An eBay auction for a clay tablet was pulled just minutes before it was scheduled to close, after authorities flagged it as a 4,000-year-old endangered cultural object that was illegally smuggled out of Iraq.
A German archaeologist spotted the tablet bearing wedge-shaped cuneiform script on eBay's Swiss website. The tip eventually made its way to Swiss authorities, who managed to get the listing pulled on December 12 a few minutes before bidding was scheduled to end. The offering price was $360 to $430. It wasn't clear if any bids had been made.
The Associated Press article about the pulled auction came the same day the news agency reported on a second controversial listing for an intelligence test that's widely used to help determine the competence of criminal defendants and the placement of students. Results indicating a low IQ can be used to argue for leniency in sentencing or to determine whether a student should be placed in a special program.
The manufacturer of the Wechsler intelligence tests said they are supposed to be sold to and administered only by trained professionals. It has warned that the eBay auctions could be misused for coaching by lawyers or parents who want to manipulate the test results.
But eBay officials have denied requests to remove the listings, saying there is nothing illegal about the selling of such tests.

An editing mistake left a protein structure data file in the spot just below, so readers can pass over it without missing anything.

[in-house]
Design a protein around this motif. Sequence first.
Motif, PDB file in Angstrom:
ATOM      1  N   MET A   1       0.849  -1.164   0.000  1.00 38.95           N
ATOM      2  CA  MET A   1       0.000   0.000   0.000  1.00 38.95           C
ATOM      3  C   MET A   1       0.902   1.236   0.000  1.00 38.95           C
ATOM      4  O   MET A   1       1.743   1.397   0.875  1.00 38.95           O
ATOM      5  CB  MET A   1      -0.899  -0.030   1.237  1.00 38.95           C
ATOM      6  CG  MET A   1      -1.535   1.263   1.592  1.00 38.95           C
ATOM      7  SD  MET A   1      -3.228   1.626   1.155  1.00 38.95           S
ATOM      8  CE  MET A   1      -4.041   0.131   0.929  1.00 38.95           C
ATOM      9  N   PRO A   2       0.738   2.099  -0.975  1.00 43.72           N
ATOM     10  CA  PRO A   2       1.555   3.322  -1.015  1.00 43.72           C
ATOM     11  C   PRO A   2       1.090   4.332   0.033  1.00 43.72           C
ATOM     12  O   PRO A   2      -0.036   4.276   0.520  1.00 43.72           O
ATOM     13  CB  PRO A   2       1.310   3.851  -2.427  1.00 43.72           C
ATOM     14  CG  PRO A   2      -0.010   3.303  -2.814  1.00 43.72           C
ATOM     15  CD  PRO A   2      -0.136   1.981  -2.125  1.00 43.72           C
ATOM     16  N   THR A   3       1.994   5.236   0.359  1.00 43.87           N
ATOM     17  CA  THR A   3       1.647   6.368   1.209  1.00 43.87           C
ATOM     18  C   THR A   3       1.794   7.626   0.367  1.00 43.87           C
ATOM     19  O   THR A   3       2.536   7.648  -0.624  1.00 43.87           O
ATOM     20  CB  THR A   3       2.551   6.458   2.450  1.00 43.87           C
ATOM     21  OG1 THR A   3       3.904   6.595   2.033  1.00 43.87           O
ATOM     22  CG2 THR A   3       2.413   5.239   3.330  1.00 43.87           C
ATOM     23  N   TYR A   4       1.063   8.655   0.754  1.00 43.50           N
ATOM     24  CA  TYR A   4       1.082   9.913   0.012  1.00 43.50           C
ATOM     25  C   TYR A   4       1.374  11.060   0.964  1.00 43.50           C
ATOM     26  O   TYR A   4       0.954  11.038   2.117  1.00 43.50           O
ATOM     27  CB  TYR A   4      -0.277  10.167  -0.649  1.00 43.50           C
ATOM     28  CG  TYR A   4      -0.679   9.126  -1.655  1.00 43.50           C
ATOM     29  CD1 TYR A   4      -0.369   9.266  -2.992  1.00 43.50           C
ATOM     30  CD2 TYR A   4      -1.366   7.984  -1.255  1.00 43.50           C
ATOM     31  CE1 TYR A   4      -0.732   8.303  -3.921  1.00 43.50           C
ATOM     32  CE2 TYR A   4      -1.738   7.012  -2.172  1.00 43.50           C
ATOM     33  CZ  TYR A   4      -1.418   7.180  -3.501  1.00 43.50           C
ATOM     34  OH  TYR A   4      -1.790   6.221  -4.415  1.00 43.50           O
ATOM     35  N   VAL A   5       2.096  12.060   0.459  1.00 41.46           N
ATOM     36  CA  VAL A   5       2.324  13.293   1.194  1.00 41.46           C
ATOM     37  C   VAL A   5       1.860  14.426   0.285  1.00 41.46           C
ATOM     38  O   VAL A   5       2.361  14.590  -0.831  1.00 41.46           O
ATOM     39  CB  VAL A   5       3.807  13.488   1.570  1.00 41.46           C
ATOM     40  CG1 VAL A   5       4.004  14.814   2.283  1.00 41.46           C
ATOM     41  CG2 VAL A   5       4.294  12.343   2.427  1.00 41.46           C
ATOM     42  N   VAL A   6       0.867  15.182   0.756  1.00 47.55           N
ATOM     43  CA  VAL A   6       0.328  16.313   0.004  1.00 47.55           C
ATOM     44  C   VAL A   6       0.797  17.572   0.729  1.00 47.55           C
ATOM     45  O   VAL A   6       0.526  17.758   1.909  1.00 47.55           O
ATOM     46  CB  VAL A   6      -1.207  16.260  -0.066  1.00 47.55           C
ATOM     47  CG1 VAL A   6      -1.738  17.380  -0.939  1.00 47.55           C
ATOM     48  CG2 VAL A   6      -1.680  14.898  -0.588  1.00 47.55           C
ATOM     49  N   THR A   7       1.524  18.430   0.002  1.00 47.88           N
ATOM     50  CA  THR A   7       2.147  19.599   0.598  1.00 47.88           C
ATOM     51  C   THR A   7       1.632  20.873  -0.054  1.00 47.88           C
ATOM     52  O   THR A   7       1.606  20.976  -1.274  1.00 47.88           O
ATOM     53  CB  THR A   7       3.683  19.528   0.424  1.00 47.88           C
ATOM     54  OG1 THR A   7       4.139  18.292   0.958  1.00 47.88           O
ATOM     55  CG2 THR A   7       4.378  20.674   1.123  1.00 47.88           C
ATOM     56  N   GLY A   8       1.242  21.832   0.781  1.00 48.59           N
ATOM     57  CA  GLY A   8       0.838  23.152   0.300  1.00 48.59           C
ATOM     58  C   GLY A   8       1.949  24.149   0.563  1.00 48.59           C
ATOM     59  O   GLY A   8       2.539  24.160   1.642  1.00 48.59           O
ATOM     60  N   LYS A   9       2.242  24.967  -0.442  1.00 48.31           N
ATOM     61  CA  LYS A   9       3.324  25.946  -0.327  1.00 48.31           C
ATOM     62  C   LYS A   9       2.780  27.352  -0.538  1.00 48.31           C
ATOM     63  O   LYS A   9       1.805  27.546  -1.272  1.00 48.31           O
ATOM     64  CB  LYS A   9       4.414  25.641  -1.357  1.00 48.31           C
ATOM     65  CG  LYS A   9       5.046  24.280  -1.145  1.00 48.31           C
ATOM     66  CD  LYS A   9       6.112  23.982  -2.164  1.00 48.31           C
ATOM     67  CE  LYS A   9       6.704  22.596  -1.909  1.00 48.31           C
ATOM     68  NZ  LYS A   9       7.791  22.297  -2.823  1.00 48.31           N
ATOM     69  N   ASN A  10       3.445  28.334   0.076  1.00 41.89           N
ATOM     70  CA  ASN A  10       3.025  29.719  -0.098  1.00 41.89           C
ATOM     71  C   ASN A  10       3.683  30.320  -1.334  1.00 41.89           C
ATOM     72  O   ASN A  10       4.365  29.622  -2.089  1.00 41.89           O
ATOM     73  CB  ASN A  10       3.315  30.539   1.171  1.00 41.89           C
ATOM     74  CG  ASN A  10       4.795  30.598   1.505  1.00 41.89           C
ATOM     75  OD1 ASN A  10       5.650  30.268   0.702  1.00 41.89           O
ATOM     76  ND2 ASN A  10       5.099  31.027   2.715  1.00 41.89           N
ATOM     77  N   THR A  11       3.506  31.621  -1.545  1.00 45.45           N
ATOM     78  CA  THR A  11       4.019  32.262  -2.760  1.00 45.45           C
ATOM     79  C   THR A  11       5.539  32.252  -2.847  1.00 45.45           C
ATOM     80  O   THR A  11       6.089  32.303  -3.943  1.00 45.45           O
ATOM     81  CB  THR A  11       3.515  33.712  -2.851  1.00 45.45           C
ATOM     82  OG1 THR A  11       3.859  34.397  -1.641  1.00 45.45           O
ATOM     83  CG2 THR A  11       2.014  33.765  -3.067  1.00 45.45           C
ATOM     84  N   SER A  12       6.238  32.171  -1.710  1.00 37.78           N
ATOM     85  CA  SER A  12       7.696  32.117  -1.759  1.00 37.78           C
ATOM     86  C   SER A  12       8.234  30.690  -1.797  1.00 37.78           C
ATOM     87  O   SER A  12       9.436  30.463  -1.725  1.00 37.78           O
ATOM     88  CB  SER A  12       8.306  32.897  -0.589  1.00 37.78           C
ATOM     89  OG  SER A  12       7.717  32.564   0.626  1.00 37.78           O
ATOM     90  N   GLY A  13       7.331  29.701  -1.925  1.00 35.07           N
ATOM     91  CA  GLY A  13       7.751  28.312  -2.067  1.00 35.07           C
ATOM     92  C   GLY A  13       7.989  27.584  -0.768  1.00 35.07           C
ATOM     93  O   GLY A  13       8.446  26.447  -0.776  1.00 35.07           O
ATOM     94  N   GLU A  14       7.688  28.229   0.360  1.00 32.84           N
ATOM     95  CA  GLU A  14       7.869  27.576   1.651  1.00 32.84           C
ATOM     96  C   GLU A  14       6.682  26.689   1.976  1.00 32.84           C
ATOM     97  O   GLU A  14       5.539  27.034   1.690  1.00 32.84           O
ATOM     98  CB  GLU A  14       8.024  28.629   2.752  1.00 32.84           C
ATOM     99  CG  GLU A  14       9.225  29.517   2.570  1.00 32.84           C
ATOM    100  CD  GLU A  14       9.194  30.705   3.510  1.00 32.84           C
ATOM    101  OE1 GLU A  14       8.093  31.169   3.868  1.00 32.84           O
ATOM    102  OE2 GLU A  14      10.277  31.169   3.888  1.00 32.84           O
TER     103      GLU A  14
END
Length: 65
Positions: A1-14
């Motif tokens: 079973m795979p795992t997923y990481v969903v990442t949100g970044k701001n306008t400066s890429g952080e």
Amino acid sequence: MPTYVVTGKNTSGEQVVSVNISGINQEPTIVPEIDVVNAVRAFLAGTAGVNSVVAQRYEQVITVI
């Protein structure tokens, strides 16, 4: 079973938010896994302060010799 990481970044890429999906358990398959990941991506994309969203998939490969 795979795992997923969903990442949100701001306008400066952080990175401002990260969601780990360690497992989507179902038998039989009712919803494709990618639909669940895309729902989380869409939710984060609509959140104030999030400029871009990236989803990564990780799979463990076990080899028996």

The listing for the clay tablet, on the other hand, was prohibited under Swiss embargo laws on the transfer of cultural goods.
Zurich police confiscated the tablet from a storage facility. The tablet is about the size of a business card and it is believed to date back to about 2000 B.C. The script has yet to be deciphered. Cuneiform tablets were used throughout the Middle East and ancient Persia over the past three millennia B.C. to record everything from a leader's important deeds to routine bookkeeping.
Such tablets are included on the International Council of Museums' "red list" of especially endangered Iraqi cultural objects. The Iraqi National Library is believed to have lost numerous objects after it was burned and looted following the 2003 US-led invasion of Iraq.
The seller, identified only as a resident of Zurich, now faces criminal proceedings. The individual faces a maximum fine of $430,000 or jail time if convicted. ®